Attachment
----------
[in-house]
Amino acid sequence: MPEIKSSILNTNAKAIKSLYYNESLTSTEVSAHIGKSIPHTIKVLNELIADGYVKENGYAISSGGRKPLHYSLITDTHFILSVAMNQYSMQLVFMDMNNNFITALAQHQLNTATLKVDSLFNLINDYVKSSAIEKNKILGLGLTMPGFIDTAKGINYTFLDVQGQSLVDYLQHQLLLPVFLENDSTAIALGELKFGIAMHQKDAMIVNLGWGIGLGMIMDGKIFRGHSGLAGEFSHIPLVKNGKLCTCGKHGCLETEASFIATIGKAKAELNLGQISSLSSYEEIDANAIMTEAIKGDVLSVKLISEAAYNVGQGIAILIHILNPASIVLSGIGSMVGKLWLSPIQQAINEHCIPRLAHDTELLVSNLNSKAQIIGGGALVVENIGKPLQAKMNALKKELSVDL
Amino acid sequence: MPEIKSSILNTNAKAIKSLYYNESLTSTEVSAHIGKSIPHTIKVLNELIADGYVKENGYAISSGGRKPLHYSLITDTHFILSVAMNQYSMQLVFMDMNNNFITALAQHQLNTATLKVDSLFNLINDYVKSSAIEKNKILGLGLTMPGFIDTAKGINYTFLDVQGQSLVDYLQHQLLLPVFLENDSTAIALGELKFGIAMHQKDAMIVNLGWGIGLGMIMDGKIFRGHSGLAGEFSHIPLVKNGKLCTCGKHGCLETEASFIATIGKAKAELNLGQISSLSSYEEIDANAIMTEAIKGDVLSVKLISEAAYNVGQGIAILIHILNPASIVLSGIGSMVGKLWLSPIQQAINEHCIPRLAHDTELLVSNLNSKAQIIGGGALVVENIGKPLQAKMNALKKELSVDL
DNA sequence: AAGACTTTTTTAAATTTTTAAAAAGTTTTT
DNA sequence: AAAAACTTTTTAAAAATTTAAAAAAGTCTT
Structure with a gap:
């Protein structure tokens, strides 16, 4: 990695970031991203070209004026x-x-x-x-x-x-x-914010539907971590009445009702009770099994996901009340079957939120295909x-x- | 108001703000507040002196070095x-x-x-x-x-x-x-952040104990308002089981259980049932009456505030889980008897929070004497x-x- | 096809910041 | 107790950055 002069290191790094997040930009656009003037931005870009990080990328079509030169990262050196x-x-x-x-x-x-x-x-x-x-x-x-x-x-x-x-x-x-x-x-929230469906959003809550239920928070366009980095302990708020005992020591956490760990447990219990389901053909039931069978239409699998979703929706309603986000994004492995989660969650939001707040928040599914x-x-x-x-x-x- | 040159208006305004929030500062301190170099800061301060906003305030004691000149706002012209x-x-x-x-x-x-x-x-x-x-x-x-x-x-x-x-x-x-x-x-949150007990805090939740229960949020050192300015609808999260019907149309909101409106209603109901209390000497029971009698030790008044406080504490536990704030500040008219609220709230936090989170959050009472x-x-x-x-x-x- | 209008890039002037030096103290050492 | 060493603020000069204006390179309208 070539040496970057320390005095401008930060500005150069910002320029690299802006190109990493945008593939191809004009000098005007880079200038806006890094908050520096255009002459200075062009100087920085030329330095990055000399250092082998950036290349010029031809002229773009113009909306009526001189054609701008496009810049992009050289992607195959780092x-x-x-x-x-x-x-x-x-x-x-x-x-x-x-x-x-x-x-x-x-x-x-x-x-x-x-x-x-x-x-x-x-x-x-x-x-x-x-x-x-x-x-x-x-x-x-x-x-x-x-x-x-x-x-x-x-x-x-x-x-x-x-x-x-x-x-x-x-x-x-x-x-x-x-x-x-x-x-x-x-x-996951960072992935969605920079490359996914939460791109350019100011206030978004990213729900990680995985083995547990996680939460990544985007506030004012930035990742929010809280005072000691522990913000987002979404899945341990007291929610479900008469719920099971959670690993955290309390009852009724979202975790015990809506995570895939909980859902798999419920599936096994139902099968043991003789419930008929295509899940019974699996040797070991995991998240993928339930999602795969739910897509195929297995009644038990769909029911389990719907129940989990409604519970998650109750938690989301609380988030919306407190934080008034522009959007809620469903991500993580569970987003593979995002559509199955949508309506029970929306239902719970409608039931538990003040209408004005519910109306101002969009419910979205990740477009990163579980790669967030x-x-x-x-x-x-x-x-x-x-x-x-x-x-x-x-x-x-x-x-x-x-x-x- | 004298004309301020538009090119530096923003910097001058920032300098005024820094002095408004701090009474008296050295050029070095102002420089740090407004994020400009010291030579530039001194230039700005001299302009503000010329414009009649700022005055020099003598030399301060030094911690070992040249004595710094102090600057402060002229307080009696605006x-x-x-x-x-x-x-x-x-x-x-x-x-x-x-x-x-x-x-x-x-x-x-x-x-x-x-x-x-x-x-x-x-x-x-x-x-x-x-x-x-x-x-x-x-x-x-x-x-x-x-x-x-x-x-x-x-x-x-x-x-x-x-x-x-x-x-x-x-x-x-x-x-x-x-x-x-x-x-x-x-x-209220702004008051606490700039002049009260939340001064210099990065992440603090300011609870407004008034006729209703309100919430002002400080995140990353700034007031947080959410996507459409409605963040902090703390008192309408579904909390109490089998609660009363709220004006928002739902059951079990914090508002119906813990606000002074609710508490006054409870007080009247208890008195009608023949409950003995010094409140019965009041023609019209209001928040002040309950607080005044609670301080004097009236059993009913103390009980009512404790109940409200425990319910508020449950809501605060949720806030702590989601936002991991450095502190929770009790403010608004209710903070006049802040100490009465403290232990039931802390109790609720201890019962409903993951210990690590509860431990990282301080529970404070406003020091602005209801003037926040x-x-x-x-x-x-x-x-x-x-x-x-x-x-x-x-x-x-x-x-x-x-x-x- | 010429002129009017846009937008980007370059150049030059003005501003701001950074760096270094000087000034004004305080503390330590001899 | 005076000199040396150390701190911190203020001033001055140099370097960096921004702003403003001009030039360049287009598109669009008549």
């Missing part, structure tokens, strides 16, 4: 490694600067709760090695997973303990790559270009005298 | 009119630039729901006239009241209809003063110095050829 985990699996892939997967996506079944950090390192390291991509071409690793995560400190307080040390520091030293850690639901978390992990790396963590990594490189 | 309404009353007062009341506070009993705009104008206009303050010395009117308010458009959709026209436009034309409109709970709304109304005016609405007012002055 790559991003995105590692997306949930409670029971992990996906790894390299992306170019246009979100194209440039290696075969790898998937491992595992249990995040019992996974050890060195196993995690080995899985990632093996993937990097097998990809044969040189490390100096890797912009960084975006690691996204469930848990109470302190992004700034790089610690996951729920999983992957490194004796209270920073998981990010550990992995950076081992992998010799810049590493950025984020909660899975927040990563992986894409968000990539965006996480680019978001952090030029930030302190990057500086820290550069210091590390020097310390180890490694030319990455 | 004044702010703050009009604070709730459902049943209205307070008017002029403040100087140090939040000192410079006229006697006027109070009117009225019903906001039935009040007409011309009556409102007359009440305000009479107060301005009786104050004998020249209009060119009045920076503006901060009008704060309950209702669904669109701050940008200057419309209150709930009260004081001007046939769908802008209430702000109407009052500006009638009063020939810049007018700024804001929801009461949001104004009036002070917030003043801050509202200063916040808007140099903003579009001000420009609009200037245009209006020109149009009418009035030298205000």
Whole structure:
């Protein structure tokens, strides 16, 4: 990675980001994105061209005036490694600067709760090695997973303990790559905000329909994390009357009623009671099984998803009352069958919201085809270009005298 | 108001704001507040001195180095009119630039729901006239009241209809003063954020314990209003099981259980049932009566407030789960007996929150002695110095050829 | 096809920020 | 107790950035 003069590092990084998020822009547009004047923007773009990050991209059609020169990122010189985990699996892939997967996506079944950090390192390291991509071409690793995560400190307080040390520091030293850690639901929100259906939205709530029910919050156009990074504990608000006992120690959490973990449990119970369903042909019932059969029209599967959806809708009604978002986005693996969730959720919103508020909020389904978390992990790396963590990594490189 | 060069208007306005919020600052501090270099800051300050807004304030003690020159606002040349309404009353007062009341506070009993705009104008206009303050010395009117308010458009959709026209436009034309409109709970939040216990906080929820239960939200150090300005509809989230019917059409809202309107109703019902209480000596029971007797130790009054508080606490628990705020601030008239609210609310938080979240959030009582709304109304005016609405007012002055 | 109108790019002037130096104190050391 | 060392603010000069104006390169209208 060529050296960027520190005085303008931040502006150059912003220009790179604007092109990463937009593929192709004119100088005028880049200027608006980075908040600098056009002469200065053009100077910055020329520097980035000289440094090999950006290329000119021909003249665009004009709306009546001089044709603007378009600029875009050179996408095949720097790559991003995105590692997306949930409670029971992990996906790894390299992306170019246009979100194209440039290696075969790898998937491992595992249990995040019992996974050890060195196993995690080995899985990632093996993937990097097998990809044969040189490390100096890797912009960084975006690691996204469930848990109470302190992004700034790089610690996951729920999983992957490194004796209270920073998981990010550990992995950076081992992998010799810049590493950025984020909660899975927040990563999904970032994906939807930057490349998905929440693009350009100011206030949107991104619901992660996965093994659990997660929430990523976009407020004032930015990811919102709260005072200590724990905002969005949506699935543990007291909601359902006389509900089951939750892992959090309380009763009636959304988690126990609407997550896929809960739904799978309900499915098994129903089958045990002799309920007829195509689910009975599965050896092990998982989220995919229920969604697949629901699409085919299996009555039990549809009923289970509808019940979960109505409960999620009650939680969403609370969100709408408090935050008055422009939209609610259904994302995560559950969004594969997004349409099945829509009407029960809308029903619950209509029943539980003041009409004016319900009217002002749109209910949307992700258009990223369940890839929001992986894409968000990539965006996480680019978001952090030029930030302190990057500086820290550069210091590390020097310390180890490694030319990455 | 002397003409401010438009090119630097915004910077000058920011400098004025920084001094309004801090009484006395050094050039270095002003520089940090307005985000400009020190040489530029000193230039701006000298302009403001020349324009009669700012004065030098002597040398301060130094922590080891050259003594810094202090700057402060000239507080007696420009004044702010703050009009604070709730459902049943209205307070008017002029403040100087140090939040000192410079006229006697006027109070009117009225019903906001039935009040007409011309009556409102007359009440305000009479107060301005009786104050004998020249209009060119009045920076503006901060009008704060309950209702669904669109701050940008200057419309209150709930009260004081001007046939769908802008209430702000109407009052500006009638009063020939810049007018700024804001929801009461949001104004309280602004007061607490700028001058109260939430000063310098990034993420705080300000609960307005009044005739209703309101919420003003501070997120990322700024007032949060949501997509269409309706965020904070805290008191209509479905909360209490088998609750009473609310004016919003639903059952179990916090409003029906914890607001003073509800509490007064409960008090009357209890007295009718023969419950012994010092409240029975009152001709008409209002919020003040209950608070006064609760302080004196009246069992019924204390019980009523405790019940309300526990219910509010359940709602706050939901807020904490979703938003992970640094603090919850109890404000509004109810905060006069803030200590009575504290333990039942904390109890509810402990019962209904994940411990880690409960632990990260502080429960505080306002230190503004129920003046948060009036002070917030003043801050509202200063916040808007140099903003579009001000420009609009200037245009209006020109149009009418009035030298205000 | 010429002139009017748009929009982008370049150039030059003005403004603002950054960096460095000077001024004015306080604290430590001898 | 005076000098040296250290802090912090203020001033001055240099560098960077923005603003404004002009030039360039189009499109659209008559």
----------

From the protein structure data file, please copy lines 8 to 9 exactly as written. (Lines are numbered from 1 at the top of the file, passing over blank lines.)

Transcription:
């Missing part, structure tokens, strides 16, 4: 490694600067709760090695997973303990790559270009005298 | 009119630039729901006239009241209809003063110095050829 985990699996892939997967996506079944950090390192390291991509071409690793995560400190307080040390520091030293850690639901978390992990790396963590990594490189 | 309404009353007062009341506070009993705009104008206009303050010395009117308010458009959709026209436009034309409109709970709304109304005016609405007012002055 790559991003995105590692997306949930409670029971992990996906790894390299992306170019246009979100194209440039290696075969790898998937491992595992249990995040019992996974050890060195196993995690080995899985990632093996993937990097097998990809044969040189490390100096890797912009960084975006690691996204469930848990109470302190992004700034790089610690996951729920999983992957490194004796209270920073998981990010550990992995950076081992992998010799810049590493950025984020909660899975927040990563992986894409968000990539965006996480680019978001952090030029930030302190990057500086820290550069210091590390020097310390180890490694030319990455 | 004044702010703050009009604070709730459902049943209205307070008017002029403040100087140090939040000192410079006229006697006027109070009117009225019903906001039935009040007409011309009556409102007359009440305000009479107060301005009786104050004998020249209009060119009045920076503006901060009008704060309950209702669904669109701050940008200057419309209150709930009260004081001007046939769908802008209430702000109407009052500006009638009063020939810049007018700024804001929801009461949001104004009036002070917030003043801050509202200063916040808007140099903003579009001000420009609009200037245009209006020109149009009418009035030298205000």
Whole structure: